Saturday, May 14, 2011

U.S. Was Celebrating bin Laden's Death like the Klan Celebrating a Lynching?

 During a search and destroy mission in the Zhawar Kili area, U.S. Navy SEALs (SEa, Air, Land) found valuable intelligence information, including this Osama Bin Laden propaganda poster located in an al Qaida classroom. In addition to detaining several sus

Article by WN.Com Correspondent Dallas Darling.Hidden in attics and cellars throughout the South and stored in forgotten boxes in museums, including the Library of Congress, are thousands of photographs showing both large and small jubilant and celebratory crowds that have gathered to watch blacks being lynched. Not only are many of the photos kept from the public's view and mind, but they transcend centuries of America's shameful political polices and racial intolerance against blacks and other minorities, like Jews, Catholics, Asians, and immigrants. Still, the photos, which were often made into postcards to be marketed and sold, reveal a sense of excitement, an air of anticipation, and emotions of ecstasy mixed with joy. Thousands of people, dressed in their Sunday best, are picnicking, laughing, conversing, smiling, and applauding the public spectacles of lynching. Their children too are either raised high into the air or hoisted on shoulders to witness and consume such acts of violent entertainment.
The jubilant and festive crowds that gathered across America in homes, churches, bars, community centers, and in front of the White House to celebrate and rejoice over the death of Osama bin Laden, were hauntingly similar to the Ku Klux Klan's public and violent spectacles of blacks being lynched. Much like America's sick fascination over the hanging of Saddam Hussein, people happily wrapped themselves in American flags or had their half-clad bodies painted red, white and blue. They popped champagne bottles and cheered with glee at the news of bin Laden's assassination. Blaring horns filled the air while people chanted "Obama got Osama!" In front of the White House, a large crowd sang "God Bless America" and the "Star Spangled Banner." Others shouted "USA! USA!" and "We're Number One!" For those who still remembered bin Laden (some had already forgotten), words of revenge and closure dripped from their lips.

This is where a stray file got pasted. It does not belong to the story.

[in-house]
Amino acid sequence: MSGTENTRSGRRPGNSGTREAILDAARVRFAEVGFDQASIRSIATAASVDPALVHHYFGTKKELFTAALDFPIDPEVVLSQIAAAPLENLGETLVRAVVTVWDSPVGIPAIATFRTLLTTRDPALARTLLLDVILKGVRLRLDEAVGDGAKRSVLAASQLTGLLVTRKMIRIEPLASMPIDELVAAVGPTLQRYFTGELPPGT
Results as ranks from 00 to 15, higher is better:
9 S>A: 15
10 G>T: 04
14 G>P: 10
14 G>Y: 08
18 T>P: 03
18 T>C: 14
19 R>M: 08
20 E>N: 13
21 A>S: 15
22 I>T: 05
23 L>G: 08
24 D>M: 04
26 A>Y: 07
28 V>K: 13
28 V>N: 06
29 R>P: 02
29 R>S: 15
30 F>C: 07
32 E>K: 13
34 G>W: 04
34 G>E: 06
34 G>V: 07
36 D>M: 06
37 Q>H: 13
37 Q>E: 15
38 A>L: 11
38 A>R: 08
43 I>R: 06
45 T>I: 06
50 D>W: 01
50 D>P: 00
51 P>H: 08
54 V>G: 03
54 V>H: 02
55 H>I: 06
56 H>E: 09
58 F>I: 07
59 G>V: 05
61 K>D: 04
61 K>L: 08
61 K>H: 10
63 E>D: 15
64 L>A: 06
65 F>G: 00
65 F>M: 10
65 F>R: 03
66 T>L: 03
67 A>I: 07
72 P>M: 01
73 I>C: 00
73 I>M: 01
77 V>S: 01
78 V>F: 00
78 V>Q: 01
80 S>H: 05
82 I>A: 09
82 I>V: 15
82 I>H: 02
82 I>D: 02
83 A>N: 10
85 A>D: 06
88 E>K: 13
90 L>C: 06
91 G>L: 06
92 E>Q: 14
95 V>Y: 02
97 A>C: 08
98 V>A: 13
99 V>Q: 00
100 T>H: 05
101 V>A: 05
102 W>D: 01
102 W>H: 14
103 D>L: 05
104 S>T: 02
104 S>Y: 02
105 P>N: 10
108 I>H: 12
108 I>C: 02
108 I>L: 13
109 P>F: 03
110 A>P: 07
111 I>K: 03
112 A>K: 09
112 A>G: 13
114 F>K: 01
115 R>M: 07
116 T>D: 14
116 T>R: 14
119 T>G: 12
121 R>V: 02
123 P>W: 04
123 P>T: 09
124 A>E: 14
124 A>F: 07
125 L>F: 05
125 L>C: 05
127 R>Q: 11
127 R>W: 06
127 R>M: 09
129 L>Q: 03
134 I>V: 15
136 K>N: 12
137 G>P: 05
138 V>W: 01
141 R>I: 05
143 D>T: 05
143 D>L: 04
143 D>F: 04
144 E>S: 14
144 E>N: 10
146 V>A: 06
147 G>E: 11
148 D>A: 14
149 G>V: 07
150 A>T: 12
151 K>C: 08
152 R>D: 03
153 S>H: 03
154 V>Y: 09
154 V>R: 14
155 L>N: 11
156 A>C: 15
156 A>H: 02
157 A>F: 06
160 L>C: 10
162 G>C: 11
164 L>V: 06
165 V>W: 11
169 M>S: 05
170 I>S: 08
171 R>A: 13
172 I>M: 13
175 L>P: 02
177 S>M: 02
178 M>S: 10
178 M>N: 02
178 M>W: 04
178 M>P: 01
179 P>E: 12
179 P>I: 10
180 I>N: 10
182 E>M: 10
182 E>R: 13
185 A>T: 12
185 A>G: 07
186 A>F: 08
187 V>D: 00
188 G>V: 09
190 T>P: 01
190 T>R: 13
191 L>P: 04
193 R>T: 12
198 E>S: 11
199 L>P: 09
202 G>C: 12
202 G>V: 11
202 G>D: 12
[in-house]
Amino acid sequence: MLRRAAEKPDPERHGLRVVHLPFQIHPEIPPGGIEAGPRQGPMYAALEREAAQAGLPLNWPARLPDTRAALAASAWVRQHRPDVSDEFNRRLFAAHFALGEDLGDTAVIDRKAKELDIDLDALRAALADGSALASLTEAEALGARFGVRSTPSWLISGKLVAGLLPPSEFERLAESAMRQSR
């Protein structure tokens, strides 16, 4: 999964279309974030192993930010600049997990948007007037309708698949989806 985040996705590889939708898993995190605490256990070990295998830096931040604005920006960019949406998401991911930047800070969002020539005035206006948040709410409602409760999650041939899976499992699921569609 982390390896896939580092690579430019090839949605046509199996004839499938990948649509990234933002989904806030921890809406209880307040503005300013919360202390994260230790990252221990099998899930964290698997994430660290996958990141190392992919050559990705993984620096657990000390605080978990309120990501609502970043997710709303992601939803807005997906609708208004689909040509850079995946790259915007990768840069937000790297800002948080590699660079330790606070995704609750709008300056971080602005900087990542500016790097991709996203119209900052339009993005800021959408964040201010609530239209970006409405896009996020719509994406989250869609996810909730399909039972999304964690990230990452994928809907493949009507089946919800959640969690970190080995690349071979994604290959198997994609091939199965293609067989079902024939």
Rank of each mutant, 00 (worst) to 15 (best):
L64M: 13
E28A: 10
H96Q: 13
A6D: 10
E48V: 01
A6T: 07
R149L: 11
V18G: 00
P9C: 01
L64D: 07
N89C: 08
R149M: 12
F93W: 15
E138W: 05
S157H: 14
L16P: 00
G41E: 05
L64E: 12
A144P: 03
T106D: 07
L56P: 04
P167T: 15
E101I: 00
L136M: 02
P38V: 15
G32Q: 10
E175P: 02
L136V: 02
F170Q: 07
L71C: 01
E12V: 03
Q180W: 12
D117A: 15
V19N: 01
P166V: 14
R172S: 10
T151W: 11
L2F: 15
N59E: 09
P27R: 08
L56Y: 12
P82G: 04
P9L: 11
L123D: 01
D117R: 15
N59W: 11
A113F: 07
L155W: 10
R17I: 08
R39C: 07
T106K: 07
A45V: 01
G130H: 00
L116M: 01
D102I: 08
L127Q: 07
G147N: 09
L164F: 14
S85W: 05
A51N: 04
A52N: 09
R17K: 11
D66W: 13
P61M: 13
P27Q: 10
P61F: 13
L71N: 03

The Klan is one of the oldest hate groups in America. Its sole purpose was to terrorize blacks-and others-to prevent them from participating in political and social processes. Even though the Klan primarily operated in the South, consisting of thousands of secret societies, it had millions of adherents across America. So entrenched was the Klan's ideological hatred and its commitment to defend what it considered to be "racial purity" and an "exceptional culture," when Congress tried outlawing the Klan it had little impact. Millions of Americans remained indifferent or collaborated with the Klan. Each year hundreds of blacks were arrested and falsely accused. They were then lynched and burned. This symbolically communal and murderous act became the Invisible Empire's (Klan's) preferred method of instilling fear into blacks and of reminding them of their place in society and history. While the media offered rewards for "lynching bees," Americans reveled in such public displays of violent entertainment.
One cannot help but wonder if America's racist and violent heritage, along with its secret societies filled with hate and ideas of superiority and exceptionalism, are currently displayed through invisible ideologies and institutions. What makes them invisible are their unquestionable and absolute acceptance. America gained preeminence during a period of time in which Western Powers differentiated blacks from other peoples, almost constituting a different species. Secular sciences and religious organizations also classified humankind into superior and inferior races, including their mental abilities. While imperial and market economies promoted Social Darwinism and eugenics, where lesser races and people were doomed to extinction by natural selection, or could be actively exterminated in the interests of industrial progress, genetics was sometimes used to justify racism and supremacy. The American Empire (like the Klan) justified and celebrated its imperial atrocities-collectivized lynchings-by claiming it was keeping its civilization secure and its democracy pure.
Today these converging ideas are lived through American institutions being played out in the Middle East and South Central Asia. The extralegal practice of mob violence and lynching of bin Laden by U.S. Special Forces-which occurred on a elaborately organized public scaffold, and mainly because he did not maintain his status as an Arab Muslim in America's scheme of global domination and hegemony-was celebrated and applauded by tens of millions of Americans. Large audiences have also either been amused by, or collaborated with, preemptive wars, shock and awe campaigns, and lengthy military occupations. But such public and violent spectacles, ones that have lynched millions of peaceful Arabs and Muslims for challenging American hubris, has a price. When executive lynchings perpetuates myths and becomes celebratory, and when a civilization is relegated to mob rule and intimidates, degrades and dehumanizes the "Other," know that an inescapable and endless "reign of terror" has arrived.
A "reign of terror," that is, which is not very festive nor amusing.

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